To identify the different biological processes represented in LS RA as opposed to early RA, we compared LS RA and healthy synovia. As shown in Figure 1c, 52 transcripts were able to clearly discriminate between them (Table S5 in Additional data file 5). Among them, 36 (cluster 1) and 16 (cluster 2) genes, respectively, were significantly down- and upregulated in LS RA compared with healthy synovia. Seven and three biological processes and six and five different molecular functions were identified in clusters 1 and 2, respectively, along with three different pathways in each cluster (Table 2). Overall, most of the ontological classes differed between early and LS RA and therefore could be considered specific to the disease stage. However, a few overlaps with opposite regulations were observed. Indeed, regardless of the RA stage, genes coding for metalloprotease inhibitors were downregulated and those coding for the salvage pyrimidine deoxyribonucleotide pathway were upregulated. These ontological classes seemed to be disease-specific. Conversely, the genes of some biological processes (protein biosynthesis and nucleoside, nucleotide, and nucleic acid metabolism) and molecular function (ribosomal protein) were differentially regulated and stage-specific (Tables 1 and 2).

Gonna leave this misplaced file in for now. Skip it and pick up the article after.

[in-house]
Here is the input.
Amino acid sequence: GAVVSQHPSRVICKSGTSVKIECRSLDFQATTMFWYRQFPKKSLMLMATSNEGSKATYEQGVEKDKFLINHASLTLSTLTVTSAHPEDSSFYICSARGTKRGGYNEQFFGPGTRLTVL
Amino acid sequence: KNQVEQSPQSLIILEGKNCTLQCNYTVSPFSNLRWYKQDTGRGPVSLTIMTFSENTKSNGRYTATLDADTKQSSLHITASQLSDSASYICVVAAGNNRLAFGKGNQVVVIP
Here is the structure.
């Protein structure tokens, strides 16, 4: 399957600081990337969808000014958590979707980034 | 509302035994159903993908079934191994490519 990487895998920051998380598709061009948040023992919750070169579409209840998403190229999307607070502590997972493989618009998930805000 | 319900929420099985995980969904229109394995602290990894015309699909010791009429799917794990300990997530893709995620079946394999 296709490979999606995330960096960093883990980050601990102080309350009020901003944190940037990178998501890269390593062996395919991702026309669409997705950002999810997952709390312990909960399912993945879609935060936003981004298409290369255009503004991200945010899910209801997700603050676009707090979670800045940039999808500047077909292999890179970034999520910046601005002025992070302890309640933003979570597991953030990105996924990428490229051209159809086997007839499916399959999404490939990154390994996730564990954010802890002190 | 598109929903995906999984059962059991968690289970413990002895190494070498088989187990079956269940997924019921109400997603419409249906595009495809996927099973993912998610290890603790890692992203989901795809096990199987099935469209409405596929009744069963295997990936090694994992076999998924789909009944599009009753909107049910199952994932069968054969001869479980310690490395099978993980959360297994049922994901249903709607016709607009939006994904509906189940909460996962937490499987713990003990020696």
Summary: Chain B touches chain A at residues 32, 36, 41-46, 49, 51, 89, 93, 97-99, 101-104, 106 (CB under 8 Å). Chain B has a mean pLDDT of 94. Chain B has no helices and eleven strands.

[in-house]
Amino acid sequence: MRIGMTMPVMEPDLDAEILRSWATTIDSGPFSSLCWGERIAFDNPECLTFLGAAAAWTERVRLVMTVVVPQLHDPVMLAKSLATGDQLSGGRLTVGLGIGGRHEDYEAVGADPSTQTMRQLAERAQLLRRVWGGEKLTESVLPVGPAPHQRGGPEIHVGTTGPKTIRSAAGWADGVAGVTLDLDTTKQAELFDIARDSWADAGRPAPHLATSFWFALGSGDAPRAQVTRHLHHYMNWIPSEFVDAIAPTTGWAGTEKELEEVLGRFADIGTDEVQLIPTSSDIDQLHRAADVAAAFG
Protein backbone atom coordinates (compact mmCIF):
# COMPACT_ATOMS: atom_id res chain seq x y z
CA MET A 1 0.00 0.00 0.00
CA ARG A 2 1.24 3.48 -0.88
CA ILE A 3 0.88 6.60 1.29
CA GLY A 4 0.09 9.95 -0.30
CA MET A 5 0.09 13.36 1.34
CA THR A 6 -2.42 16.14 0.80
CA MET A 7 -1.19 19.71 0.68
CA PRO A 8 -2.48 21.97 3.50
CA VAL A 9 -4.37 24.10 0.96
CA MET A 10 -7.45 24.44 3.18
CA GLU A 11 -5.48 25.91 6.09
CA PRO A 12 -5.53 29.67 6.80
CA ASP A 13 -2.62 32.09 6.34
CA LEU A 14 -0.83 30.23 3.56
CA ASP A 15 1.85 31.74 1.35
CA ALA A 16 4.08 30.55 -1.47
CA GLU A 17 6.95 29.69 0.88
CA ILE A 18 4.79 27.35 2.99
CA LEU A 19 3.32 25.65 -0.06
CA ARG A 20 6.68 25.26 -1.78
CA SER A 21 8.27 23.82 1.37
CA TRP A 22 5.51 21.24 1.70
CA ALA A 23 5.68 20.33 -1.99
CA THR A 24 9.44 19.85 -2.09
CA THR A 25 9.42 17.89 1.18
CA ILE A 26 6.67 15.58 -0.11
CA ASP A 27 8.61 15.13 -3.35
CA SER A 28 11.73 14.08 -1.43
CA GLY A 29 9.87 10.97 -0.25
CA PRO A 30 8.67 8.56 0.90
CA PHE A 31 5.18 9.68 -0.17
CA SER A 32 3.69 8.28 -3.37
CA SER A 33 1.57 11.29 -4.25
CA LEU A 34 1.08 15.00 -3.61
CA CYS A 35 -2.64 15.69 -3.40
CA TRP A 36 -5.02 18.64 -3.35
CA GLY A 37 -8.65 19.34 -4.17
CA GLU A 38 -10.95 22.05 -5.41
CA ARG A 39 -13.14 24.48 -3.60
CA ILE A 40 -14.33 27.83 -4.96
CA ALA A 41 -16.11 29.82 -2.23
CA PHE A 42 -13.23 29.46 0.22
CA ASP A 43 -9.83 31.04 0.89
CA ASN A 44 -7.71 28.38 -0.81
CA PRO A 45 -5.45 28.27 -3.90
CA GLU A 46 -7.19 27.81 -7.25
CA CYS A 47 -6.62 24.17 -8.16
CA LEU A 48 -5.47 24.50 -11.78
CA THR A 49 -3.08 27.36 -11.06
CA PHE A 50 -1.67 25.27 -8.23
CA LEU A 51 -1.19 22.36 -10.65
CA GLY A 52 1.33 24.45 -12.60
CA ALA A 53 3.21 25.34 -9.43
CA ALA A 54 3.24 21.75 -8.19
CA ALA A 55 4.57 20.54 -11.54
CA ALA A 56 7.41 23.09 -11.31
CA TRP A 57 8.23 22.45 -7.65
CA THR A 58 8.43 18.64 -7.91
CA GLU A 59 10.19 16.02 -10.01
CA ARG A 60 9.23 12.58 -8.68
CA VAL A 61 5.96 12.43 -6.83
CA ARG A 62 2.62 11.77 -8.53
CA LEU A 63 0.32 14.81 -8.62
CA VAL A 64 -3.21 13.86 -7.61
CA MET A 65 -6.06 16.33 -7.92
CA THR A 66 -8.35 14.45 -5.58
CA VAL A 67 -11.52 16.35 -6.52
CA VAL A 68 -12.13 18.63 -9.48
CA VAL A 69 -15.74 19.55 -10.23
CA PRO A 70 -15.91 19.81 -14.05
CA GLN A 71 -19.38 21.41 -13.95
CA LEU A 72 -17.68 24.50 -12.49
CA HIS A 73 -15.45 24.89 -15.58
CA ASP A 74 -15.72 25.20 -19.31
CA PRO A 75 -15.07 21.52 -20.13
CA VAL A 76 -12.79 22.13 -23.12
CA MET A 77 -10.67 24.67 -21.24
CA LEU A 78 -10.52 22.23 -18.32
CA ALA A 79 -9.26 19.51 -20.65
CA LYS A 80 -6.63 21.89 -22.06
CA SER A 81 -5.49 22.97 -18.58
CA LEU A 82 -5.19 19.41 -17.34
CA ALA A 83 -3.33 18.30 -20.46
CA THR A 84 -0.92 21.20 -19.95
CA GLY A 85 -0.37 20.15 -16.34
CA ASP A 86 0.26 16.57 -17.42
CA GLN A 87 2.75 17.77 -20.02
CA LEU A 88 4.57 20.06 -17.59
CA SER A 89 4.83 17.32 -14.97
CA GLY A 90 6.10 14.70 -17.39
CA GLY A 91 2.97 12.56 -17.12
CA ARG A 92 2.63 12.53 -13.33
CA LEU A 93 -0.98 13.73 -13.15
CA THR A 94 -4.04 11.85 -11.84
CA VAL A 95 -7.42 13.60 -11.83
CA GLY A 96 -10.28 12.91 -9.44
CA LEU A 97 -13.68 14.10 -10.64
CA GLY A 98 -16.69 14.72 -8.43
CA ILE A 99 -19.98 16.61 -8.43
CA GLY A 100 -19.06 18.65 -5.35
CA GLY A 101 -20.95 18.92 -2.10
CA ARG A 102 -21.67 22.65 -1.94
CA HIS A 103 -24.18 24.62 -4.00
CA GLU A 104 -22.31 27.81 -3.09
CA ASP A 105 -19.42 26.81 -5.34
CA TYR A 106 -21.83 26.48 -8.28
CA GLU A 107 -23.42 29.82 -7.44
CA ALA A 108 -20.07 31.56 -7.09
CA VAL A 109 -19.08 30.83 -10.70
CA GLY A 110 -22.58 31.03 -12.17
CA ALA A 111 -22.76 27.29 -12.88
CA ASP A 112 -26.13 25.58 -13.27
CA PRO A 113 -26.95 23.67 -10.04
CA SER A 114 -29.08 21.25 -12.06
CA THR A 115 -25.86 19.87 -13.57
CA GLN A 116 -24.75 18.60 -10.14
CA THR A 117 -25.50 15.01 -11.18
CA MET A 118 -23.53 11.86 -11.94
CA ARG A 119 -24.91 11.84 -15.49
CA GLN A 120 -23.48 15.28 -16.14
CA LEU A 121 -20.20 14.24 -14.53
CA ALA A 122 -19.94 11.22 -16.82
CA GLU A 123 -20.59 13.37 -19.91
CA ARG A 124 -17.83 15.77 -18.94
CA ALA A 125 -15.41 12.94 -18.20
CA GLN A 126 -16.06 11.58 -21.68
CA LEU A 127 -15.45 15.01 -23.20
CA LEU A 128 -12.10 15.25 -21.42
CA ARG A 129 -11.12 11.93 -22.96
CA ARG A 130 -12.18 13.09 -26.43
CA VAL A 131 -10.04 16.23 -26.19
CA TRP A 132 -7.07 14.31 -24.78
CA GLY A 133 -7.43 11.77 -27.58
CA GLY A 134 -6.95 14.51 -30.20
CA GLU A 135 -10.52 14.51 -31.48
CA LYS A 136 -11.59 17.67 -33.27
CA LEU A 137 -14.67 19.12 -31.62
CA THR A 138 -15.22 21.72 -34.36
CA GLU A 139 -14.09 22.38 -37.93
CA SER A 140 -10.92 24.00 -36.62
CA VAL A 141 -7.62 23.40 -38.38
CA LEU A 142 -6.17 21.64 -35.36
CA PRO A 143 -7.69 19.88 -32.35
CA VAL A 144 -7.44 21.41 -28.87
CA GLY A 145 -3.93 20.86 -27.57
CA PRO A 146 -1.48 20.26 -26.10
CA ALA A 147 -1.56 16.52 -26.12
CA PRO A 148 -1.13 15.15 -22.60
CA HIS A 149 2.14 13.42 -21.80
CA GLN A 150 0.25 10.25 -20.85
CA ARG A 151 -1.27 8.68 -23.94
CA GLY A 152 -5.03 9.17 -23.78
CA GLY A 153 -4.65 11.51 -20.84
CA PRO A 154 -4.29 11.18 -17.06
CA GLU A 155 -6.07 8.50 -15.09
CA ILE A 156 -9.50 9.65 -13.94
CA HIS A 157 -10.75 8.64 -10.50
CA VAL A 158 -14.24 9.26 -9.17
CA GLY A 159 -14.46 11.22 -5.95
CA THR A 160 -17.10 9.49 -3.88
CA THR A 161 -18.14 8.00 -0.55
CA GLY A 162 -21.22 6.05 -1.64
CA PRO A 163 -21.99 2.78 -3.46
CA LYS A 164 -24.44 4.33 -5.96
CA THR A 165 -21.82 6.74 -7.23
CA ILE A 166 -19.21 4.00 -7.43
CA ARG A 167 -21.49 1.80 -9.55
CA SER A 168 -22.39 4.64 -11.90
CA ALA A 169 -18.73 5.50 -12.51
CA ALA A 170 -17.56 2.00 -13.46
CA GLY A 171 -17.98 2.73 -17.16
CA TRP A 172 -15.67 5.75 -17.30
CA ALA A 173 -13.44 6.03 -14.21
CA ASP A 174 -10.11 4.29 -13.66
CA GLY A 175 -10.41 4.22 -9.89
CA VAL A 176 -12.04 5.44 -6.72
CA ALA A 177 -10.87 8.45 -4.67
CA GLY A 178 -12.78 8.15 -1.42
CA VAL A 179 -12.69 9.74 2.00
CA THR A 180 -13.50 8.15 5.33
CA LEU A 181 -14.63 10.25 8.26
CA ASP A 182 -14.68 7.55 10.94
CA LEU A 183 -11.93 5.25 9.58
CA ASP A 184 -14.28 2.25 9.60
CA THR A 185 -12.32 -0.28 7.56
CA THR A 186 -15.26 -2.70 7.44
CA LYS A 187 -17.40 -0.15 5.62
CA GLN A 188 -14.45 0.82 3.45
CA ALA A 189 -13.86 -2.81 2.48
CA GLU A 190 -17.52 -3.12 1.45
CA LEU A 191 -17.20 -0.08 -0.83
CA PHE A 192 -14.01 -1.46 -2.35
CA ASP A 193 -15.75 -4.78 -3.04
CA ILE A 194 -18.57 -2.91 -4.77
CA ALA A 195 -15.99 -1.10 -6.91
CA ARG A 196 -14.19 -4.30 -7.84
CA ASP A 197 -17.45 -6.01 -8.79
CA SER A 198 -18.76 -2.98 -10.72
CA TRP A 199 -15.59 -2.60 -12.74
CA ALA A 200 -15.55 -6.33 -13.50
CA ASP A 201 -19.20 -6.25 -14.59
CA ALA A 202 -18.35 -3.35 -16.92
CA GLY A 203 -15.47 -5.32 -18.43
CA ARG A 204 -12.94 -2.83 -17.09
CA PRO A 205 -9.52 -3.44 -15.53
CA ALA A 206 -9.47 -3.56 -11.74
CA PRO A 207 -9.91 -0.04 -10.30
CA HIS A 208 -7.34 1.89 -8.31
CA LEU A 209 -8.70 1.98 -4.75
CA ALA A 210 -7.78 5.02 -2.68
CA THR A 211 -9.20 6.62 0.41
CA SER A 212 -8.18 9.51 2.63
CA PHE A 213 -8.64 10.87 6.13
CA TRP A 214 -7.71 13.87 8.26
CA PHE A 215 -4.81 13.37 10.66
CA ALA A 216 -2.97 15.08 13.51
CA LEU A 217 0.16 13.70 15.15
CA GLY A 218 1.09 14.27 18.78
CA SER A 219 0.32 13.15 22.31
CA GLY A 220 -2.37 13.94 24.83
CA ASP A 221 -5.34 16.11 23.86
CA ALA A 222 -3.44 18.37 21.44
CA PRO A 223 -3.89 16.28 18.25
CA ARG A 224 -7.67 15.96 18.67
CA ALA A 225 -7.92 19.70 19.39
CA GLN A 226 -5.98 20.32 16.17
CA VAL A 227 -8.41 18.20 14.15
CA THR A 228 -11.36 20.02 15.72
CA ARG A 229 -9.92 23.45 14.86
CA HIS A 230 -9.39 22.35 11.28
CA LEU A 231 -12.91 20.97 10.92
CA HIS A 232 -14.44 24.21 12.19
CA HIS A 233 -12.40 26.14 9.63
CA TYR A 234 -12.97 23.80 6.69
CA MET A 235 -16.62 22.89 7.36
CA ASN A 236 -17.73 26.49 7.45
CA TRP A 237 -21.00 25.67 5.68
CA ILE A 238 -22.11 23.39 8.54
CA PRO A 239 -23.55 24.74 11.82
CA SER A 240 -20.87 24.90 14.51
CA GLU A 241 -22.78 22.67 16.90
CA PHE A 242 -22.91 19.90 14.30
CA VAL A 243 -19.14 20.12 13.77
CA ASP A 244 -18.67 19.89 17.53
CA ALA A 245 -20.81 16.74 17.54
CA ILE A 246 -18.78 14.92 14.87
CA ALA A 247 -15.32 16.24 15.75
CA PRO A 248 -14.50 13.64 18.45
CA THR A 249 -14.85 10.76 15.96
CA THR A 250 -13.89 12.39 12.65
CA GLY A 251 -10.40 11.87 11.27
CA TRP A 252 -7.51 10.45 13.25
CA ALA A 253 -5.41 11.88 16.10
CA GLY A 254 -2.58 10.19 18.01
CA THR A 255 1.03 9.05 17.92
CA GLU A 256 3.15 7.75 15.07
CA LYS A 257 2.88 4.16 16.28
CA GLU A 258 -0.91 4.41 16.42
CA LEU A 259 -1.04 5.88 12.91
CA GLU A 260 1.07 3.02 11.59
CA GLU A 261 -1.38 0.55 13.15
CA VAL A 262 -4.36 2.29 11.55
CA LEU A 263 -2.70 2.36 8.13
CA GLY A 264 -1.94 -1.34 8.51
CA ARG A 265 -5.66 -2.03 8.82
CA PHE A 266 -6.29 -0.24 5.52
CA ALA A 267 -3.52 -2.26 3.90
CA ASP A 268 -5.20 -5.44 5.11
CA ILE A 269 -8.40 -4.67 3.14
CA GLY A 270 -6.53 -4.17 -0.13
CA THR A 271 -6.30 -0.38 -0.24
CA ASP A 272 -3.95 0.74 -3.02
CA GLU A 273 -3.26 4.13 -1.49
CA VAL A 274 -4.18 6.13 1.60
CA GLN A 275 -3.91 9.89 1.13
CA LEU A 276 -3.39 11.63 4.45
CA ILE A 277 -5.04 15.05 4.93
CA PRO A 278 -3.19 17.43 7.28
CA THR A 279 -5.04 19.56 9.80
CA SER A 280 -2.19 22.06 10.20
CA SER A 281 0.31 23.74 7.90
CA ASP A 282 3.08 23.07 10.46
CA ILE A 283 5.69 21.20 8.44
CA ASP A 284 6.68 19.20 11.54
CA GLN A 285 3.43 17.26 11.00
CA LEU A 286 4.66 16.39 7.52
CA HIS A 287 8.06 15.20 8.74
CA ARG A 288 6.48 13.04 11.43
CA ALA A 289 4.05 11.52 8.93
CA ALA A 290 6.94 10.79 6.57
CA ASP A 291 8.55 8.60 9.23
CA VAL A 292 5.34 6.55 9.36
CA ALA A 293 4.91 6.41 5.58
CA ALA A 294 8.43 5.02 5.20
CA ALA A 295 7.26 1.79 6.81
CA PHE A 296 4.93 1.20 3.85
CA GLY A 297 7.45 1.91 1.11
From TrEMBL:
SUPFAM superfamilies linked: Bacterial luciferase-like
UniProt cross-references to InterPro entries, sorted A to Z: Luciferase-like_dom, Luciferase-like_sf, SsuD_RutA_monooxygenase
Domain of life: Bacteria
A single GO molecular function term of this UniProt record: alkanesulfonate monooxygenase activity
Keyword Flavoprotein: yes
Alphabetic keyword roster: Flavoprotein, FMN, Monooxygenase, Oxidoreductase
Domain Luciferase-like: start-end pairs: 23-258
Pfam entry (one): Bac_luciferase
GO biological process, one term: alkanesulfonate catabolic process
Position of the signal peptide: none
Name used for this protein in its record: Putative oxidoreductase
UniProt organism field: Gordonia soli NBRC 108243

Additional data file 5. Adobe file containing a table listing the 52 genes differentially expressed at long-standing RA versus controls.

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Table 2. Ontological classes of differentially expressed genes in long-standing rheumatoid arthritis versus controls

Discussion

A previous report [2] already showed that RA is a heterogeneous disease with distinct molecular forms, but to date, few studies have focused on different RA stages [17]. Herein, we showed, for the first time, that gene-expression profiling in synovia from patients with early untreated RA and those with treated LS RA revealed opposite gene regulations, suggesting the involvement of different pathophysiological mechanisms during the disease course. Moreover, the novel comparison of the gene-expression levels in early or LS RA with those observed in healthy (mechanical or traumatic lesions) synovia brings information that is more appropriate than that obtained with osteoarthritis synovia (used as the reference in most of the published studies). The synovial biopsies, taken from sites of active RA-associated synovitis, enabled us to examine RA molecular processes. In LS RA, because the biopsied joints still harbored active disease, it seems likely that the pathophysiology and molecular processes were not influenced by methotrexate or that, at worst, they were weakly influenced by methotrexate.